How does radiation therapy work? A radiation oncologist explains.

By | March 13, 2019

Most patients have an idea of how surgery and chemotherapy work.  It’s not difficult to picture a surgeon cutting out a cancer or a medical oncologist prescribing chemotherapy.  But how does radiation therapy work?  For the vast majority of patients, and a good number of physicians, radiation therapy is a completely foreign concept.

In my practice, I find that a good portion of every new patient consultation is spent explaining what radiation is, dispelling myths, and correcting misinformation that they may have heard or read about on the internet.  If I am successful and the patient is convinced that he/she will not glow in the dark or gain superpowers, that’s when I start educating patients on how radiation works to treat their cancer.  Over the years, I have had the opportunity to see patients from all walks of life with a wide range of backgrounds.  Below, I highlight a few of the ways that I have communicated this foreign concept that is radiation therapy.  Specifically, I am referring to external beam radiation therapy which is typically a daily treatment, delivered five days a week for anywhere from 2-8 weeks (depending on the disease and treatment goal).  Other types of radiation therapy such as brachytherapy (internal radiation therapy), radiosurgery, and stereotactic body radiotherapy work through different mechanisms and are not accurately represented by the following examples.

The gardener

A 60-year-old woman with a stage I breast cancer comes to me after a lumpectomy and sentinel lymph node biopsy.  Her surgeon told the patient that she got it all out and that there’s no evidence of disease.  After hearing this great news, it is only natural for the patient to then come to me and ask, “Why do I need radiation therapy if the surgeon got it all out?”  I explain that even after a successful surgery, there is a risk of disease recurrence and that radiation therapy can significantly reduce that risk.  To help highlight this point, I ask the patient to imagine her cancer as a weed in the garden.  You want to remove the weed without damaging the other flowers in the garden so you take a trowel and carefully remove the weed, making sure to take as much of the roots as possible.  Even though you can’t see any rootlets, you know that even a small piece left behind can sprout another weed so you go ahead and spray weed killer on the area where the weed used to be.  The surgeon was able to remove the cancer like the gardener was about to remove the weed.  But to make sure that it doesn’t come back, we use radiation therapy to eradicate potential tiny rootlets of cancer just like a gardener will spray weed killer to make sure the weed doesn’t come back.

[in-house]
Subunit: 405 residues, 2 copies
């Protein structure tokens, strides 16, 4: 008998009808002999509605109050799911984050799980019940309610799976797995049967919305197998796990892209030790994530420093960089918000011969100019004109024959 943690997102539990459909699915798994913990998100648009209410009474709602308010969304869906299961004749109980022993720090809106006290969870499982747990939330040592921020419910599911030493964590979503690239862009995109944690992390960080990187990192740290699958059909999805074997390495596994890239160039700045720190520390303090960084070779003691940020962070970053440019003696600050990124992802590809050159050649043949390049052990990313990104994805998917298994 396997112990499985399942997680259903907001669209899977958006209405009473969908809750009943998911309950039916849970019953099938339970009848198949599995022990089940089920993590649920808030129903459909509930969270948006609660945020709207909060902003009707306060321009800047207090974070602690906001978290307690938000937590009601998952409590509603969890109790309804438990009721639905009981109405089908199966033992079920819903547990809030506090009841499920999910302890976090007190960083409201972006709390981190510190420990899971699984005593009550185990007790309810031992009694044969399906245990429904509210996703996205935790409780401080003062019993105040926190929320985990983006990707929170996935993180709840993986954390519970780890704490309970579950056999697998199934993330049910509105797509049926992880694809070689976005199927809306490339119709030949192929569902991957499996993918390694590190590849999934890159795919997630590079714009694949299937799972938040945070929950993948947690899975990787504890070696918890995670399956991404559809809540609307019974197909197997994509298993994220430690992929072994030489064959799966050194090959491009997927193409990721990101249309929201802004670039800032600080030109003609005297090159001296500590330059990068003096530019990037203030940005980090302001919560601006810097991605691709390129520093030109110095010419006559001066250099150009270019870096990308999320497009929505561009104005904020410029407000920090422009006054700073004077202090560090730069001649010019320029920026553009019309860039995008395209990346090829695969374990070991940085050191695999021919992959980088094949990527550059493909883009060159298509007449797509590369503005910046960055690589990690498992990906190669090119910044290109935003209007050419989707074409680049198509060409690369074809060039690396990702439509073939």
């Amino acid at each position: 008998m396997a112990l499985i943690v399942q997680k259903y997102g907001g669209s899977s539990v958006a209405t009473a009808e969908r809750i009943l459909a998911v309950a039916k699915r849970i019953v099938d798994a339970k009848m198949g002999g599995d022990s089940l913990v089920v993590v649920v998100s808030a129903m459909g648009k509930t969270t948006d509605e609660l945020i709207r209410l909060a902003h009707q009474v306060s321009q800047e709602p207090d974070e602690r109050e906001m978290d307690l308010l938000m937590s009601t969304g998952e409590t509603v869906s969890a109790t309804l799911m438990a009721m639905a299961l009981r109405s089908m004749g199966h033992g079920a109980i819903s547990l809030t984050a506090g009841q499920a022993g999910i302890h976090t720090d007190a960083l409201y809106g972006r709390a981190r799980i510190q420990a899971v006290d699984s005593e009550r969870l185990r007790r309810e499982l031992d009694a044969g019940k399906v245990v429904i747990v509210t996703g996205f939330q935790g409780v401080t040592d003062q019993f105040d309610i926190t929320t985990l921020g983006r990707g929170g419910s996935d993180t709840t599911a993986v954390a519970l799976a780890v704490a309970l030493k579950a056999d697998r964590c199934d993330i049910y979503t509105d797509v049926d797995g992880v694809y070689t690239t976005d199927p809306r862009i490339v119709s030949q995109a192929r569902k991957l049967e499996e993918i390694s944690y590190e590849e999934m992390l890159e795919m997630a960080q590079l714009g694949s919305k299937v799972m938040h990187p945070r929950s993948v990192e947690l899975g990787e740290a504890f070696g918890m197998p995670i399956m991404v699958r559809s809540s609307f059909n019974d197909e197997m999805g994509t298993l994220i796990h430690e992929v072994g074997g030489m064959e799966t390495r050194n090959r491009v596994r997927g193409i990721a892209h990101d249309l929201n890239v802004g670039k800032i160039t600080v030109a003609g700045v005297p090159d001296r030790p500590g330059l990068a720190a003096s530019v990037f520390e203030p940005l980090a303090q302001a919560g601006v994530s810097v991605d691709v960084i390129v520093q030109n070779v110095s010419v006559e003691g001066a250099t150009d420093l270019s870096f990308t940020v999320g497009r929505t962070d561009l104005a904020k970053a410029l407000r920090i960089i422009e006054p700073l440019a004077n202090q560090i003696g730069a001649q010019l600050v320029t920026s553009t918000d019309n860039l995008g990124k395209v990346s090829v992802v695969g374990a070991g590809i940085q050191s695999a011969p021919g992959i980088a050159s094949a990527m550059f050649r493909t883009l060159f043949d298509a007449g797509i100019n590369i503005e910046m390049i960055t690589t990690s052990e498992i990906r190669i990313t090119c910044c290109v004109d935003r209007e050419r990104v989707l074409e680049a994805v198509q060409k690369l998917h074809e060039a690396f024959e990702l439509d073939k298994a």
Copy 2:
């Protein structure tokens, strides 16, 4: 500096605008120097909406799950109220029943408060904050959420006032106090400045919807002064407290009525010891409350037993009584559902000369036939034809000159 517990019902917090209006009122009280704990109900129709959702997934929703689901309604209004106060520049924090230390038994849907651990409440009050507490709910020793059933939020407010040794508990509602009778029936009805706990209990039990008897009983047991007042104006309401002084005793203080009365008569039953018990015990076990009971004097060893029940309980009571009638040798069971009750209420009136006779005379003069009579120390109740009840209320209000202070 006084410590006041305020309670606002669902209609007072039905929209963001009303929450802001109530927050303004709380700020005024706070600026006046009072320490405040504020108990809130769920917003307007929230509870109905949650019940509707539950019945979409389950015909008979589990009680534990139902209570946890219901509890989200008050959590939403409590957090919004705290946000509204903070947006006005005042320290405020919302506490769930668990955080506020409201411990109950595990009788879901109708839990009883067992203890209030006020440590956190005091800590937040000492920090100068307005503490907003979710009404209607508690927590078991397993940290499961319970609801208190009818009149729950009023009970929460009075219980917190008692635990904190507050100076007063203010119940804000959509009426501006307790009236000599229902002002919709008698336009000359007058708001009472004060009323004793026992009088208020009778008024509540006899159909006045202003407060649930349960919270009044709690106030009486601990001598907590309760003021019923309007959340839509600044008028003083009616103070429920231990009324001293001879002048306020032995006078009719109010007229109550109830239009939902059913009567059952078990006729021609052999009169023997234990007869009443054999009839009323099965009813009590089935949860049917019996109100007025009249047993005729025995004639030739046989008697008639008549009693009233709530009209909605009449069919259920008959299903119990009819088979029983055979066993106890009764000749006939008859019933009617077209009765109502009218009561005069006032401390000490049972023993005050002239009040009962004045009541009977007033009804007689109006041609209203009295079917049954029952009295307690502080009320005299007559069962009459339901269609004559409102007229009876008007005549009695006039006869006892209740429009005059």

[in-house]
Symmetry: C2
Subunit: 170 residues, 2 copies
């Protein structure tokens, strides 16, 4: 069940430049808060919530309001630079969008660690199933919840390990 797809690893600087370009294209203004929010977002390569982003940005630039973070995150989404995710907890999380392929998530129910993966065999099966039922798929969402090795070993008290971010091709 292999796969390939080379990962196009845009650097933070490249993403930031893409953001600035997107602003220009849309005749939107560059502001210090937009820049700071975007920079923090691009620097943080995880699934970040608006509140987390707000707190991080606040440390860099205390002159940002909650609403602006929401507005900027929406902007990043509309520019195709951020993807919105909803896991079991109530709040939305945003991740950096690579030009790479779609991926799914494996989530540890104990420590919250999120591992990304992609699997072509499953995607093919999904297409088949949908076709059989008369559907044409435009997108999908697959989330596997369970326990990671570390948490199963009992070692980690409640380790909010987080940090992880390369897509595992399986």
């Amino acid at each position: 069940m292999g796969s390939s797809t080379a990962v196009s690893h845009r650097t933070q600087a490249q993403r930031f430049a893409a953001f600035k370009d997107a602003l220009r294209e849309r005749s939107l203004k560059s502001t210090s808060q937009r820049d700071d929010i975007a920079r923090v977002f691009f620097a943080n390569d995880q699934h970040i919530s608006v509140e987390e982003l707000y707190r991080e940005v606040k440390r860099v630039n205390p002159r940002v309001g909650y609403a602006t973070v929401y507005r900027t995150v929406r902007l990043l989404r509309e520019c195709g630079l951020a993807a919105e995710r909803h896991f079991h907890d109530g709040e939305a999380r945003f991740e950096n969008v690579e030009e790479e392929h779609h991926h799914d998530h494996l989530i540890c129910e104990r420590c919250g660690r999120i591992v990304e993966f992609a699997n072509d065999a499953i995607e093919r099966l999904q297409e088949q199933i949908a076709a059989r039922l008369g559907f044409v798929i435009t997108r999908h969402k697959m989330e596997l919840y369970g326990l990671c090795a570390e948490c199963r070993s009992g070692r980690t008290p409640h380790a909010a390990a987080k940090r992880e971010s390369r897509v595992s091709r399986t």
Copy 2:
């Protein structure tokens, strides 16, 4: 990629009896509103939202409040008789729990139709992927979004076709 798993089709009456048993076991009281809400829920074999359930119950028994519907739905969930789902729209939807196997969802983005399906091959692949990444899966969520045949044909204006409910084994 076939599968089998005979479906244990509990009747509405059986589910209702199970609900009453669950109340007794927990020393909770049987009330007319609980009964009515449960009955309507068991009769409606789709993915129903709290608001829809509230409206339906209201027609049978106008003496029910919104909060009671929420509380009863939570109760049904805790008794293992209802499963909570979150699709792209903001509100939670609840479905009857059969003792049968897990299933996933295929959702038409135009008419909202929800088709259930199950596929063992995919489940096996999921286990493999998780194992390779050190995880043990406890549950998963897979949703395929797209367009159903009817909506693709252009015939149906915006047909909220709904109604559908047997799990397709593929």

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The sailor

In my practice, a fair number of my patients are veterans from WWII, Vietnam, and Korea.  When they ask me how radiation works, I use a maritime war analogy to illustrate how radiation therapy kills cancer cells while sparing the surrounding normal non-cancer cells.  I ask them to imagine the cells in our body as ships and the inner machinery of the cell as the ship’s engine.  Cancer is a ship sailing over the ocean that only cares about moving forward as fast as it can, no matter what.  Radiation therapy works like a machine gun, punching multiple holes in the hull of the ships.  As the damaged cancer ship’s engine continues to churn at full speed, it takes on more and more water until it finally sinks.  However, a normal non-cancer ship recognizes the damage, stops its engine, patches the holes, and pumps out the water before continuing forward.  This is how normal cells respond to radiation damage; it recognizes the damage, stops what it’s doing, and works to repair the damage before proceeding on to continue its work.  Cancer cells grow rapidly because they disable the inner machinery that signals the cell to stop growing, so it doesn’t bother to repair the damage.  This analogy also illustrates another facet of radiation therapy in that while the damage to the cancer cell is immediate, it takes time for it to die, much in the same way that a ship that is taking on water takes time to sink to the bottom of the ocean.

The biochemist

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And finally, I also have patients with a moderately strong science background who can understand some cell biology.  To these patients, I will explain that radiation therapy produces sub-lethal DNA damage to the cells within the radiation field.  Sub-lethal DNA damage refers to damage that only leads to cell death if left unrepaired.  Again, cancer cells have disabled their DNA damage repair mechanisms and will continue to grow and divide until it eventually kills itself off.  Non-cancer cells, on the other hand, halt their cellular machinery once they recognize the DNA damage and proceed to repair the damage before continuing its work.  This is a concept that radiation oncologists call the therapeutic ratio which is choosing the dose of radiation that maximizes cancer cell death while causing as little permanent damage as possible to normal non-cancer cells.

These are a few of the analogies and illustrations I have used over the years to shed light on the black box that is radiation therapy.  I would be interested to hear if these are helpful for you as either a patient or a physician, and if you’ve heard or used other illustrations that have helped you better understand radiation therapy.

Daniel H. Kim is a radiation oncologist and can be reached on Twitter @theradoncdoc.

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